How to Finish (or Start!) Viking Knit

Viking Knit Envy

Last weekend I took a break from my beads and tried my hand at Viking Knit, a type of wirework that creates beautiful wire cords that you can fashion into bracelets and necklaces.  For months, I've been admiring some Viking knit bracelets the same way I admire a wonderful painting:  Wow, I wish I could do that. 

I had a thousand reasons why I couldn't–it looked complicated, it would take days or weeks to learn, it would probably require a bunch of new, expensive tools I couldn't afford, or worse, knitting needles, which I already had difficulty using with soft, pliable yarn.

But when I finally decided to read the section on Viking Knit in Knitting with Wire by Nancy Wiseman and watch the Viking Knit DVD by Step by Step Wire Jewelry editor Denise Peck, I discovered I couldn't have been more wrong.  The basic technique was fairly simple and quick to learn, the tools were ones I already had (or could make), and no knitting needles were required!  I'm no expert after my brief exploration, but with some practice, I feel that could make something as beautiful as the Trichinopoly Chainwork necklace by Kathleen Pierce.  It's an exciting feeling!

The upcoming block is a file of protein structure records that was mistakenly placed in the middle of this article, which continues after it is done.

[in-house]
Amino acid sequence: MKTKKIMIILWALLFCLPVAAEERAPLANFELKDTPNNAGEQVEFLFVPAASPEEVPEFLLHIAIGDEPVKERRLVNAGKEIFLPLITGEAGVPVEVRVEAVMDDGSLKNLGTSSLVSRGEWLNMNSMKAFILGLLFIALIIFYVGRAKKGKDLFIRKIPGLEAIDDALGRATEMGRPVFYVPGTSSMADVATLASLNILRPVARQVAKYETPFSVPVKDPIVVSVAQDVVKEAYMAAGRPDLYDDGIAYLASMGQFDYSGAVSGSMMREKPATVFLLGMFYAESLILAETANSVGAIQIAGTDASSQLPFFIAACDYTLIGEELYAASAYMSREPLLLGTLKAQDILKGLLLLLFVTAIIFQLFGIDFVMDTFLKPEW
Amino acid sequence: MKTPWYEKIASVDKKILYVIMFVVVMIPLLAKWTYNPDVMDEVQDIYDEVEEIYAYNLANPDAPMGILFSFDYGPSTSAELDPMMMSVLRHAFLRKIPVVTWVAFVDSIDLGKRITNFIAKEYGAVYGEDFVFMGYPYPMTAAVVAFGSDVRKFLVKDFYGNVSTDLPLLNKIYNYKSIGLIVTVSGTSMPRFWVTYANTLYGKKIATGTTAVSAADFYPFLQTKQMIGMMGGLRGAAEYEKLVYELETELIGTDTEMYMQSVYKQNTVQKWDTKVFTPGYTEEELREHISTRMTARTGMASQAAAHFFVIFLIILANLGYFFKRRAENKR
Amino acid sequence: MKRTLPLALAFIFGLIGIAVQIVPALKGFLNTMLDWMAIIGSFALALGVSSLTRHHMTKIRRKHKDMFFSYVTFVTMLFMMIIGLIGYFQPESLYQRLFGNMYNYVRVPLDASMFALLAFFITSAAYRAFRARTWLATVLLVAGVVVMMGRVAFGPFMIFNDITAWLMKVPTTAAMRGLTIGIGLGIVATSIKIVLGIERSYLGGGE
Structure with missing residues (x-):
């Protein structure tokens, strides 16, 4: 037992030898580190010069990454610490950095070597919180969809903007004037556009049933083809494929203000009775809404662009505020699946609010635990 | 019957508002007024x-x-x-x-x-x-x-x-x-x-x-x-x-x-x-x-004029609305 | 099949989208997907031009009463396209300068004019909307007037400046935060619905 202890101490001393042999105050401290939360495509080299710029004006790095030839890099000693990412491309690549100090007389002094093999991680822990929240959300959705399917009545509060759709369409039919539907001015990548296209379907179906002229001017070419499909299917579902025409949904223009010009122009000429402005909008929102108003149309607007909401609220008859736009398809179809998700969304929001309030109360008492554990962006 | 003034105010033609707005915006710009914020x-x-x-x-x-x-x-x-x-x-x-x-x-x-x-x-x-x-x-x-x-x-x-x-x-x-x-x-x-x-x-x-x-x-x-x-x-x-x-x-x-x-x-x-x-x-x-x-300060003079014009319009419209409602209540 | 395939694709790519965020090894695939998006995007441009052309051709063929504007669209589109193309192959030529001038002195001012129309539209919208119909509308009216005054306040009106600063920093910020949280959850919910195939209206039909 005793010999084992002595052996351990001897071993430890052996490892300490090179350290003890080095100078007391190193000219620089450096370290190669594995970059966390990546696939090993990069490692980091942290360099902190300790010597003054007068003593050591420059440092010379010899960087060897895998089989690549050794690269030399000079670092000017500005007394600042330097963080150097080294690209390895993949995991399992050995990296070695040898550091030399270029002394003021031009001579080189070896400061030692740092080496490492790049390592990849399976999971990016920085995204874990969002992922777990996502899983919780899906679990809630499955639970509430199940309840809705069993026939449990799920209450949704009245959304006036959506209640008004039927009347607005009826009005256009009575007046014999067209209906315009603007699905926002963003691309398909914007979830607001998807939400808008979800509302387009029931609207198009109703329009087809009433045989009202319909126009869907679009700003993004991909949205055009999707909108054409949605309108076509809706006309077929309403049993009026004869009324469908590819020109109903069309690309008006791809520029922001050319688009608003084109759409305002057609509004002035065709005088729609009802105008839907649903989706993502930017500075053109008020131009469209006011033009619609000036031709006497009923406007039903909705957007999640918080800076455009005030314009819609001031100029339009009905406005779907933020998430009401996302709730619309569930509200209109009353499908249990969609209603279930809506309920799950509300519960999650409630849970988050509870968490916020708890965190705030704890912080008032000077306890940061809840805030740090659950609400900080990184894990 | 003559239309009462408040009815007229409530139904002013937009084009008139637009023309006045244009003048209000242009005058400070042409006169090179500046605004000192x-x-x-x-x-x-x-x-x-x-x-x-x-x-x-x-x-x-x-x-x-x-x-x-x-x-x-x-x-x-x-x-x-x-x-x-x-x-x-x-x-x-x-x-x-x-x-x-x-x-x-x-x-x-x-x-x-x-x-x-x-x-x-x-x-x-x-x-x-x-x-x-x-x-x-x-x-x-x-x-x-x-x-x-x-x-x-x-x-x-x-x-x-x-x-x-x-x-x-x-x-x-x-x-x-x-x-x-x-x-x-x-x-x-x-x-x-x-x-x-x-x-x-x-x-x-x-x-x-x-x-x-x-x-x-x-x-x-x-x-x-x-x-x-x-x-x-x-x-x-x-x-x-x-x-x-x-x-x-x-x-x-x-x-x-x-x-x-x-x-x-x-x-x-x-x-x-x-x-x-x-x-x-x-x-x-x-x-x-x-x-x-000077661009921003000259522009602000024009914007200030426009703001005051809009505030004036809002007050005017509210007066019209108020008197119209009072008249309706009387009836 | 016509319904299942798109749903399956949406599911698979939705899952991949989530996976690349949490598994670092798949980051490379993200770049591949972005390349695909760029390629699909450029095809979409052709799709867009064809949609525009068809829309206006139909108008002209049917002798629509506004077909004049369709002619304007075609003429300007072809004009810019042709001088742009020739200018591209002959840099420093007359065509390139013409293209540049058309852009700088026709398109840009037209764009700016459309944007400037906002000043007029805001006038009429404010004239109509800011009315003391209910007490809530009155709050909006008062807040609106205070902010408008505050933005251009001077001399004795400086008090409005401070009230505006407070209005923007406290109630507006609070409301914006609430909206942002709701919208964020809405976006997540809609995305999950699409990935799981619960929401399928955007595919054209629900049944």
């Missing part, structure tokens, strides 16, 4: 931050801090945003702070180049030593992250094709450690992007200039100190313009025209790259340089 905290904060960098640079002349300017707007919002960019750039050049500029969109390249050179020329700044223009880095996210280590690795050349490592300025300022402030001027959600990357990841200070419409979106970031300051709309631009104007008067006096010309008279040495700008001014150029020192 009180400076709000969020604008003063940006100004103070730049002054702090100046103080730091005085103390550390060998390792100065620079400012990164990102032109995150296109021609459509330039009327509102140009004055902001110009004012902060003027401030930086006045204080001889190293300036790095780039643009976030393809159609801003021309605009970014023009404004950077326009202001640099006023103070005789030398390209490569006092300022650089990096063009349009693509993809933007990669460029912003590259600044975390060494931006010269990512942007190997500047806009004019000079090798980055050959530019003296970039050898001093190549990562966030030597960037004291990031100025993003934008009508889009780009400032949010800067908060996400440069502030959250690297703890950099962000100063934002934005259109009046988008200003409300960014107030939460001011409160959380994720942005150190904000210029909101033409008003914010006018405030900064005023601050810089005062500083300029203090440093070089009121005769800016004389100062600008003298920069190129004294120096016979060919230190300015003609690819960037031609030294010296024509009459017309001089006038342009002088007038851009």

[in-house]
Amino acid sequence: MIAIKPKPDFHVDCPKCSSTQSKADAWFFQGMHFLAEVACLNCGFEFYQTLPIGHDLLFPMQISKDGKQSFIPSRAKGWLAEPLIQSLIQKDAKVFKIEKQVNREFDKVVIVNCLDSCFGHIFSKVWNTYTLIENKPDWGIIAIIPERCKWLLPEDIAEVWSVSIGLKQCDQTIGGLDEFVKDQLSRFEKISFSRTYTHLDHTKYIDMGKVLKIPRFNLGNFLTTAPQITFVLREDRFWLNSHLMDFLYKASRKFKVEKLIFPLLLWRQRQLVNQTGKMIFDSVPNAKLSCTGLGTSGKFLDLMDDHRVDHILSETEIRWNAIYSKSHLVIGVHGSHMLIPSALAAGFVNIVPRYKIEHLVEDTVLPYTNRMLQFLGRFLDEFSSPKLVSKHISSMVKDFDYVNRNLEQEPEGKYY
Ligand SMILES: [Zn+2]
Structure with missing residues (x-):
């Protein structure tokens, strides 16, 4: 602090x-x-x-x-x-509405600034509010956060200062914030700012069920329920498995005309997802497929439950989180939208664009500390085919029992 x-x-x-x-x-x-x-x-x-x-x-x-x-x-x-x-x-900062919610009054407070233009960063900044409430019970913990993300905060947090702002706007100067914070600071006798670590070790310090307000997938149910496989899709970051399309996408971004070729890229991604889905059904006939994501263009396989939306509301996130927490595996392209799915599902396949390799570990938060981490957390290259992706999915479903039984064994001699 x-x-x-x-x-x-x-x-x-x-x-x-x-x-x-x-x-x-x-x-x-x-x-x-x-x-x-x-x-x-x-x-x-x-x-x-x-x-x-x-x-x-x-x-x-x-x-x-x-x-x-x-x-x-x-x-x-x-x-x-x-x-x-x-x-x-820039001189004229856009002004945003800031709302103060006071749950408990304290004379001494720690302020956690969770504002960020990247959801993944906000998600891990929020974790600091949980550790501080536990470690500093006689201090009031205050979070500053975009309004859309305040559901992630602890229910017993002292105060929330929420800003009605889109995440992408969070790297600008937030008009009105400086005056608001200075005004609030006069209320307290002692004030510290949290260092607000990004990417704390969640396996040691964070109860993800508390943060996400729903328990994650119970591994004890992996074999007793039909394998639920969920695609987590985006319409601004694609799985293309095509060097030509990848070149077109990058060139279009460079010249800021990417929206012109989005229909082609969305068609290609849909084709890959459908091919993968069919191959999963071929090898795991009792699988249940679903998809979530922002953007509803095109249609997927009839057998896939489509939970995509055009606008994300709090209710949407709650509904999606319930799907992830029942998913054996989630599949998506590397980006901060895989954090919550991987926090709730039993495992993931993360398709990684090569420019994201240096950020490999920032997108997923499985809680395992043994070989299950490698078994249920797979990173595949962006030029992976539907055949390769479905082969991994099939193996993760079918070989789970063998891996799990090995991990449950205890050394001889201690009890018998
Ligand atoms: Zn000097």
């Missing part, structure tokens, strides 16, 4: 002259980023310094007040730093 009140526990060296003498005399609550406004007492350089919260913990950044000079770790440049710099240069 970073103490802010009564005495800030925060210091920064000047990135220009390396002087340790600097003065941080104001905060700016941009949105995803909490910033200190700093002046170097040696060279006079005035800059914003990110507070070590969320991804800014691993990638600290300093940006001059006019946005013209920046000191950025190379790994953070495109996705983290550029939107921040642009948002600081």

What I Learned

Here's what I learned about Viking Knit:

• Nancie Wiseman in Knitting with Wire recommends using an Allen wrench (also known as a hex wrench) because the angles make it easier to insert the wire under a stitch.  I learned that this can't be any old wrench–it needs to be open at both ends (not anchored to a carrying case) and have some length.  The tiny, fold-out, pocket wrench you use to repair your bike won't work!

• Don't worry if your first attempt isn't perfect–pulling the wire through the drawplate (a piece of wood with holes drilled in it) compresses it and covers a multitude of sins.  Think of the drawplate as a girdle for wire knitting.